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Florida Governor Ron DeSantis signed on Thursday a law banning homeless people from sleeping in public spaces, instead seeking to move them to shelters or government encampments if the former reach full capacity. The law also promises greater access to services for substance abuse and mental health.

Speaking at a news conference in Miami Beach, DeSantis said that allowing homeless people to sleep in parks and other public spaces can affect local quality of life and have a negative impact on businesses.

He also said that it is harder to provide care for the homeless if they're scattered. "I think this is absolutely the right balance to strike," DeSantis said. "We want to make sure we put public safety above all else."

Florida Gov. Ron DeSantis Joe Raedle/Getty Images.

If camps are indeed created, they would have to include mental health services, addiction treatment, running water and restroom. They would also need to be free of alcohol and illegal drugs.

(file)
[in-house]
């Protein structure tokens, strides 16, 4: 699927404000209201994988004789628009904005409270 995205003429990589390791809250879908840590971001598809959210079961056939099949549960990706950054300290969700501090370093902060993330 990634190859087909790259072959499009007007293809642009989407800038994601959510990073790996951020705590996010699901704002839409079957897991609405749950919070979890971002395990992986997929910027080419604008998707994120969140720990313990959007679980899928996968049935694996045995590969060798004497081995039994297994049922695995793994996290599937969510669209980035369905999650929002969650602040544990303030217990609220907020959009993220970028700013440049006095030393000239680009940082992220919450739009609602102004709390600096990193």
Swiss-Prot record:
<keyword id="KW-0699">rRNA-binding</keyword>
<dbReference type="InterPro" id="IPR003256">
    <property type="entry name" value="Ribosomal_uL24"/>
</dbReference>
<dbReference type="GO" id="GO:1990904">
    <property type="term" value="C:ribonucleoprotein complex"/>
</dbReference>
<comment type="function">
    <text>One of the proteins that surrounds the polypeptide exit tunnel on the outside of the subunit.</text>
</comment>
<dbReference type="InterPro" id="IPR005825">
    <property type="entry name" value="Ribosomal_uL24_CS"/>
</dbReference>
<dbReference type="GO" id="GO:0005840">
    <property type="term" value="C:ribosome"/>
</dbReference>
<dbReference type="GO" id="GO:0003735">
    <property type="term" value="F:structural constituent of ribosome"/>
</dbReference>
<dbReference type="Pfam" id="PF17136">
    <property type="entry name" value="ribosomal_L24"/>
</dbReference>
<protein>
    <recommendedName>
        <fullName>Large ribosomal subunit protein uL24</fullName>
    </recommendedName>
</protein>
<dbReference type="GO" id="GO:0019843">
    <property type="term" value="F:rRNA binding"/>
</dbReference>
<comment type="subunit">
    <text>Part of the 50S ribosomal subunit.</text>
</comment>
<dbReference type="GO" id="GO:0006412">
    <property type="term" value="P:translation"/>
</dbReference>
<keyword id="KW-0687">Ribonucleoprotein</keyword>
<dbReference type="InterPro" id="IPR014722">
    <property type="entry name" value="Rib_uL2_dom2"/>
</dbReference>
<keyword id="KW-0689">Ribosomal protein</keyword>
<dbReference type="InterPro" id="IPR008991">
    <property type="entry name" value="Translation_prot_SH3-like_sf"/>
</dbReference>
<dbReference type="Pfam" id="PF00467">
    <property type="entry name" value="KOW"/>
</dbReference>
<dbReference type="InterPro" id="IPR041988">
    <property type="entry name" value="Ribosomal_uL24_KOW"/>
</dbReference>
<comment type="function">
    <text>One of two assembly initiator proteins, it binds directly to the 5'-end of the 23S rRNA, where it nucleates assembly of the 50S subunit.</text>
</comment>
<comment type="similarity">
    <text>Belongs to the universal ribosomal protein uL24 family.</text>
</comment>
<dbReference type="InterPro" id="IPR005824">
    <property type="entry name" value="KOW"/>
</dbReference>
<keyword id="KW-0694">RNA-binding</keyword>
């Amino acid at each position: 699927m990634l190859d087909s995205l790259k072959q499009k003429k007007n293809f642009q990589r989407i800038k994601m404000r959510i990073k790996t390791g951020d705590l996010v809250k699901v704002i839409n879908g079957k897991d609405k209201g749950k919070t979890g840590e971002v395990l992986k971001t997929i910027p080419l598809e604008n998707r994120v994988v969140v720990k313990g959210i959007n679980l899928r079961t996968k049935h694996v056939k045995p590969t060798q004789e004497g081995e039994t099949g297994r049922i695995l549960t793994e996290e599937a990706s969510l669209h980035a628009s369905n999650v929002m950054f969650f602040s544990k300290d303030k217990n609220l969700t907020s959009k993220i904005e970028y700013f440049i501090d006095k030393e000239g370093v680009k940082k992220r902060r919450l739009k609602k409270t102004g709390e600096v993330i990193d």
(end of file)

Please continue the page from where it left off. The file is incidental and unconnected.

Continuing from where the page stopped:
Florida's homeless population was estimated to be at over 30,000 people. While the figure is lower than in many other states, it could grow as its population increases rapidly.

The law will allow residents, business owners and the state attorney general to file lawsuits against local governments for failing to enforce the law.

The law's detractors have argued that it seeks to round up homeless people and hide them from public view. "This bill does not and it will not address the more pressing and root cause of homelessness," said Democratic state Sen. Shevrin Jones during a debate this year. "We are literally reshuffling the visibility of unhoused individuals with no exit strategy for people who are experiencing homelessness."

CBS News recalled that Miami Beach had also passed a similar resolution in October last year. "It helps people. It's increasing funding for shelters. It's increasing funding for mental health treatment. It's increasing funding for substance abuse treatment. This will absolutely help people," said Mayor Stephen Meiner back then.

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